Huevos Montulenos. $10, gluten-free.
Seems to me that one of the biggest boosts to re-localizing our economic activity will be the sheer delight of local foods. This morning I had a delicious breakfast at Roots Catering
, a Chico business that, having success under its belt with its catering and banquet hall business is expanding into the restaurant arena. Owners David and Kelly Gomez put strong emphasis on fresh, locally sourced ingredients, high quality, and excellent service. In my single at-table encounter, I can say they have succeeded on all counts. I also happen to know two of their employees (one is my nephew, who served me this morning!), and all reports indicate that Roots is serious about delivering on its commitments. The restaurant uses their banquet hall space. It's a warm and sunny space of columns and arches, with bar/register in the middle, dividing the hall into two lobes. The lovely faux-finish floor complements the warm paint tones in the walls, and guests are surrounded by large photo prints of local Chico points of interest. I can imagine the space becoming very reverberant with a noisy party crowd, but acoustical fine points can be addressed later. They've been open for breakfast only a month, and have plans to add lunch soon.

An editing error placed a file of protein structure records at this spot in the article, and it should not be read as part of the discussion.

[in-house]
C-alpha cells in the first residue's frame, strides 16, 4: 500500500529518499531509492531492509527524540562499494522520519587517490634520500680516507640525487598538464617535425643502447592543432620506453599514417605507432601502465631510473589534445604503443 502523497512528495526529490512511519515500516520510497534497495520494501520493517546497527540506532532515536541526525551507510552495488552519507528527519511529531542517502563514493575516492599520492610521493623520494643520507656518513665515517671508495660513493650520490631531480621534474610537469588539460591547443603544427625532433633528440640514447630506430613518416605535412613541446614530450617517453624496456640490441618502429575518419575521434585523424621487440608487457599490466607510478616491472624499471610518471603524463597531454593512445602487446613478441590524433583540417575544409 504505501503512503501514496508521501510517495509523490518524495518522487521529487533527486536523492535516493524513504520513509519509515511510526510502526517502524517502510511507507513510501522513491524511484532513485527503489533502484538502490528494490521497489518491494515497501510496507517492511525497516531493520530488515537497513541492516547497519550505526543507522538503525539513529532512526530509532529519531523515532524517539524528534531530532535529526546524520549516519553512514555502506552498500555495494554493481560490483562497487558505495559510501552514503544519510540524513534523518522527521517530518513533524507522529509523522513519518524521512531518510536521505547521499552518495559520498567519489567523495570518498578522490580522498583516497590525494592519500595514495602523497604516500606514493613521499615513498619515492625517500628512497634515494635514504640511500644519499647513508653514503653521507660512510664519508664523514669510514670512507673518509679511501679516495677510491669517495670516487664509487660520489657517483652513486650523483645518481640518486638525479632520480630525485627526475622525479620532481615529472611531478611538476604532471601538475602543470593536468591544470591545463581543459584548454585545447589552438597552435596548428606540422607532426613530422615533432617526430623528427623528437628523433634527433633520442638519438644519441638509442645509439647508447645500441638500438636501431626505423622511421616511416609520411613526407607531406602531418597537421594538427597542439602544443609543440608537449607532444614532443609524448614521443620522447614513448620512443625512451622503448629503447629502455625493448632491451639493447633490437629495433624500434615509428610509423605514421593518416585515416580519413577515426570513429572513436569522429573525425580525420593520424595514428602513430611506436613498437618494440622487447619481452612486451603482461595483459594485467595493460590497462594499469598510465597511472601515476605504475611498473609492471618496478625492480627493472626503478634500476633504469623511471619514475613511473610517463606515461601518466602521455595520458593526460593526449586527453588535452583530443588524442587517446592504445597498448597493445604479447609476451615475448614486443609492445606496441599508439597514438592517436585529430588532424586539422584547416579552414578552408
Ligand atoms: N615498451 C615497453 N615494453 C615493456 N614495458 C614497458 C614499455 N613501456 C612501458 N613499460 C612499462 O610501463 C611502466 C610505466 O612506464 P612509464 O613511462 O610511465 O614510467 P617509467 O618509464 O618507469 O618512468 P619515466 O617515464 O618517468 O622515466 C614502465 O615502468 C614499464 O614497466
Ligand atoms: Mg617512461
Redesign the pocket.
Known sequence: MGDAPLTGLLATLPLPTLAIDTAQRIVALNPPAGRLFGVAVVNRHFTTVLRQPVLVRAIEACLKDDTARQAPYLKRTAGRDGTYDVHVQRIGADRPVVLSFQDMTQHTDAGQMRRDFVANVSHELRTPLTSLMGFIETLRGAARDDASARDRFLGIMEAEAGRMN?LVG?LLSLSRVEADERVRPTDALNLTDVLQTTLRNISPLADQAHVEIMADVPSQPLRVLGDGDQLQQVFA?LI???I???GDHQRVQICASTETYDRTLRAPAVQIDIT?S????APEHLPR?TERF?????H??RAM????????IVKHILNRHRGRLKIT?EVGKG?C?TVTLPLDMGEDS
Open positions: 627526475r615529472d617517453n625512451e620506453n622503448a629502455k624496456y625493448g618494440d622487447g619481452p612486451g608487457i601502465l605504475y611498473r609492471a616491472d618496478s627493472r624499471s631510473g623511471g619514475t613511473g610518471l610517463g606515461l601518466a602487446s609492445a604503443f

My breakfast, pictured above, came recommended by my server, and was a delightful blend of flavors. Stacked atop two crispy-fresh corn tortillas were grilled ham, gouda cheese, black beans, and two eggs over medium, liberally topped with chipotle salsa, peas, green onions, and queso fresco from nearby Orland Creamery (20 miles west of Chico). Perfectly prepared plantains played king-of-the-hill on this filling and delicious breakfast stack. Everything tasted fresh and what could easily have become a soggy, chaotic sludge pile maintained the integrity of the individual components while blending together into a compatible whole. On the side, the chicken apple sausages were among the best I've had. I don't know their origin, but I presume they are house-made, or at least locally acquired. The tortillas appeared to be house-made, though I didn't verify that. With a glass of sadly not
fresh-squeezed orange juice (something they could add in future, given the manpower), I was out the door for about $16 before tip (I tipped my nephew well; I want him to think fondly of his visiting uncle!). And I was full and very pleased. The best breakfast I've had out in a long time!
This is what it's about, folks. Fresh, local food, prepared (and served!) by people you know, or could easily come to know—members of your community, your circle of immediate financial influence, if you will. Toss in a few well-considered culinary ideas (the rest of the Roots breakfast menu was so tempting I was hard-pressed to make my selection), and you've got the makings of a community-building local destination that helps make the ties that bind. Us. Together. As we always are, and should recognize the fact.